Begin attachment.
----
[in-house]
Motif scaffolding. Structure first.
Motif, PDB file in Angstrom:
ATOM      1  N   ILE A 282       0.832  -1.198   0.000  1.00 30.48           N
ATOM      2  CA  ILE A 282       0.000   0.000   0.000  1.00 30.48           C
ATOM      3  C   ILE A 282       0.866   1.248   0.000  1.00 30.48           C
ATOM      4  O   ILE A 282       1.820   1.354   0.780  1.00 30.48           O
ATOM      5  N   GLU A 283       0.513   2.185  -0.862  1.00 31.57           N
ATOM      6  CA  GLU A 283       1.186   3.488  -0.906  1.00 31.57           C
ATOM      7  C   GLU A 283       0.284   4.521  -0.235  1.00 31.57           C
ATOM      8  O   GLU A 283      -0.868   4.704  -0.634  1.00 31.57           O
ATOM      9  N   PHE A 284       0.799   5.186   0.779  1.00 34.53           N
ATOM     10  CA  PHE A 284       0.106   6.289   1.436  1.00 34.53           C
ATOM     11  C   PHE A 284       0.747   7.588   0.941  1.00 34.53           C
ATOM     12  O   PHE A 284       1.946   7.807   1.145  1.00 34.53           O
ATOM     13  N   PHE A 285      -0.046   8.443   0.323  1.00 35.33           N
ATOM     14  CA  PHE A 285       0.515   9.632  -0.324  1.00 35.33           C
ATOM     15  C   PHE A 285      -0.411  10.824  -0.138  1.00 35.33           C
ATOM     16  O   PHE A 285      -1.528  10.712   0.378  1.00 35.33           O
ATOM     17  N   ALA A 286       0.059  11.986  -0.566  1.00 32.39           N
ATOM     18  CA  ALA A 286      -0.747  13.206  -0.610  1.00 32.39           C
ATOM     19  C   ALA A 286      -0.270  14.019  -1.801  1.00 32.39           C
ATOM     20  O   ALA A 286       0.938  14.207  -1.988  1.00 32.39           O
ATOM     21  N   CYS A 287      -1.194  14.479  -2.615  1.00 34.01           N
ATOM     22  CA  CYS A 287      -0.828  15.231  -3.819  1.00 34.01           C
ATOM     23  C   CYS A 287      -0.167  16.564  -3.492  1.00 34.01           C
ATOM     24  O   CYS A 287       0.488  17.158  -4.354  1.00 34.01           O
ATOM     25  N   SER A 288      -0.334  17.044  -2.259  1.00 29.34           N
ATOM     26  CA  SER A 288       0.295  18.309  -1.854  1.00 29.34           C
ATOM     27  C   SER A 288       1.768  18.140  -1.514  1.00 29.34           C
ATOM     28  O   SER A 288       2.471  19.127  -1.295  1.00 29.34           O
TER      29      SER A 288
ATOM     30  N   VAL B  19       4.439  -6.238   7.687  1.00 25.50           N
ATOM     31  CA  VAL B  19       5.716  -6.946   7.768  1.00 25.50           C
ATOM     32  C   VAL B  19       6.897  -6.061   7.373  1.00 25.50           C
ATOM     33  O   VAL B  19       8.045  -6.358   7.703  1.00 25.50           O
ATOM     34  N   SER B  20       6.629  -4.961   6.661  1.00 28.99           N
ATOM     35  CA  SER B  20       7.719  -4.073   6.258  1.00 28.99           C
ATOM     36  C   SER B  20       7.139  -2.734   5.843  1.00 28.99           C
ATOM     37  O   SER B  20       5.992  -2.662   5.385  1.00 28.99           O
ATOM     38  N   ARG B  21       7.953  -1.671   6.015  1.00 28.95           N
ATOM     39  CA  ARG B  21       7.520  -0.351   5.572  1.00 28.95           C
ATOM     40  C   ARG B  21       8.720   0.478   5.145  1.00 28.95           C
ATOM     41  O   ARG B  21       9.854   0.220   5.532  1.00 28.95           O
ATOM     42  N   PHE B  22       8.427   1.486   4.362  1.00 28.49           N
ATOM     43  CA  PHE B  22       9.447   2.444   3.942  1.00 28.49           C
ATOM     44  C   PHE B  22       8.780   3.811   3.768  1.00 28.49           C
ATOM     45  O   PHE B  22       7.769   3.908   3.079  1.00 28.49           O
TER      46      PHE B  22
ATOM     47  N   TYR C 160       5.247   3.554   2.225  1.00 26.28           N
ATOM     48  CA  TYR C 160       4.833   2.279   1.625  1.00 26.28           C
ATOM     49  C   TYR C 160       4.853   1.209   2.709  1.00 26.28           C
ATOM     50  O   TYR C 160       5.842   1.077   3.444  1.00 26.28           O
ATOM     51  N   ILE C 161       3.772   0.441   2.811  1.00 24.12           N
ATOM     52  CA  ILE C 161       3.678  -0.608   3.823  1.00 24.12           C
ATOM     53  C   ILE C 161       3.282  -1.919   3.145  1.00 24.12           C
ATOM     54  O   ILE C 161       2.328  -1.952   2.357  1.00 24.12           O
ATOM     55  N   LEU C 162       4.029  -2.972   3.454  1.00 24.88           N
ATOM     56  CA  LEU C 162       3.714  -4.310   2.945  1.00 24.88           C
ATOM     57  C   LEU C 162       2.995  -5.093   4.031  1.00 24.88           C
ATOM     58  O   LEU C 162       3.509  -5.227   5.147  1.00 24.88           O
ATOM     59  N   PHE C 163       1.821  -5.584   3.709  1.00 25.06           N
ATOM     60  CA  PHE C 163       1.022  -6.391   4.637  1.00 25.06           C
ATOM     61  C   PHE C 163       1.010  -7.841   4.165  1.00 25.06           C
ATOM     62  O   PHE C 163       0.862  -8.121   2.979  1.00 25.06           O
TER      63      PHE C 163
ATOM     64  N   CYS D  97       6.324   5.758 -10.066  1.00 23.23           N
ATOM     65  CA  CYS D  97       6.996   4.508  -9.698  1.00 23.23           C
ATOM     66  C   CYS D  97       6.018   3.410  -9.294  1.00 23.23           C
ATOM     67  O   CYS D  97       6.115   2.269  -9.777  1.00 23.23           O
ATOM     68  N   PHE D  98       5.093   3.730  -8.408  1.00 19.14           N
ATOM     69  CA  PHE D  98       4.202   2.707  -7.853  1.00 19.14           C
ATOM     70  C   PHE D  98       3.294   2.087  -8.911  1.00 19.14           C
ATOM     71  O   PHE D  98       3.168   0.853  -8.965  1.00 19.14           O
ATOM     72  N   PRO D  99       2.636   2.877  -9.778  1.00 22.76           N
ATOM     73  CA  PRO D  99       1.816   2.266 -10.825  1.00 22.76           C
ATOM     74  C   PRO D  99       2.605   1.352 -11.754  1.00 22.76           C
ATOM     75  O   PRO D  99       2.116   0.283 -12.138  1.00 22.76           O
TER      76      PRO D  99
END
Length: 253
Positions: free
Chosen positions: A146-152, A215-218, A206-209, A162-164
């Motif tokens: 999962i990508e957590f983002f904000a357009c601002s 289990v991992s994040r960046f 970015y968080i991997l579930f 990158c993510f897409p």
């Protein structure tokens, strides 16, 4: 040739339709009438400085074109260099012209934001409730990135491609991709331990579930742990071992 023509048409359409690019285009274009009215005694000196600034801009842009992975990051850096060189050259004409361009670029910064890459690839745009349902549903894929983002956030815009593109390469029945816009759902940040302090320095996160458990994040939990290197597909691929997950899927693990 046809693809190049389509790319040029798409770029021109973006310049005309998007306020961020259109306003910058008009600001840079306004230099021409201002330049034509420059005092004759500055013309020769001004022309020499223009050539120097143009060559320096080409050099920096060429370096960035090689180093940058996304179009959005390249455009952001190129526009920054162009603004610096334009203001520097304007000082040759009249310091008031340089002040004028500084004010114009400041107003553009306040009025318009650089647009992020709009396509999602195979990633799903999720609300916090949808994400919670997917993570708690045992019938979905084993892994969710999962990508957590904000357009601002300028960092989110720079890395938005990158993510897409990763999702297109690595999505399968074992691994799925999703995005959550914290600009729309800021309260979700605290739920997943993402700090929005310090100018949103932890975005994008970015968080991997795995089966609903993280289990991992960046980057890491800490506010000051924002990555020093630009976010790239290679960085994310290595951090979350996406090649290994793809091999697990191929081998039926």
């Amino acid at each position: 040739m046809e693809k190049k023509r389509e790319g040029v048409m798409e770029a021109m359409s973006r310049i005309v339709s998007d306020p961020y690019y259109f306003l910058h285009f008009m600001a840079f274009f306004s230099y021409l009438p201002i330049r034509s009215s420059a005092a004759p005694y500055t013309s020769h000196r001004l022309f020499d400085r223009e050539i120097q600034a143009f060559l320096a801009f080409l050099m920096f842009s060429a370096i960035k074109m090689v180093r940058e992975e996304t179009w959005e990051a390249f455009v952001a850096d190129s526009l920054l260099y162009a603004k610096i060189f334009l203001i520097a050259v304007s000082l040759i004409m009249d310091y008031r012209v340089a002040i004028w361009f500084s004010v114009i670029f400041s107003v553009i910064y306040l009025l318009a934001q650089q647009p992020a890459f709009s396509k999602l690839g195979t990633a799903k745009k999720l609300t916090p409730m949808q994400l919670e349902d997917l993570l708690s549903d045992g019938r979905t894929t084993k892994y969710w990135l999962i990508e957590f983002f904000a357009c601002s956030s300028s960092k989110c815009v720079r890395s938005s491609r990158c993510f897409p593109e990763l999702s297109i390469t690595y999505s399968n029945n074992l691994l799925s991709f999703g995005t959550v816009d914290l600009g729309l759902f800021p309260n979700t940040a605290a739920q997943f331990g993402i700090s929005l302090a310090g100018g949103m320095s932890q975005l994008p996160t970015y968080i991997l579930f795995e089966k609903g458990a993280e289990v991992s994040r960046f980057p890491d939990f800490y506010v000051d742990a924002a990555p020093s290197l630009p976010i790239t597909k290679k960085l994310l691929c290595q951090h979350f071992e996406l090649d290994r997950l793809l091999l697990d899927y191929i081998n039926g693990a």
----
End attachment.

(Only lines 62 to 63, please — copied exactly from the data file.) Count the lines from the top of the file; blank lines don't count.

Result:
ATOM     59  N   PHE C 163       1.821  -5.584   3.709  1.00 25.06           N
ATOM     60  CA  PHE C 163       1.022  -6.391   4.637  1.00 25.06           C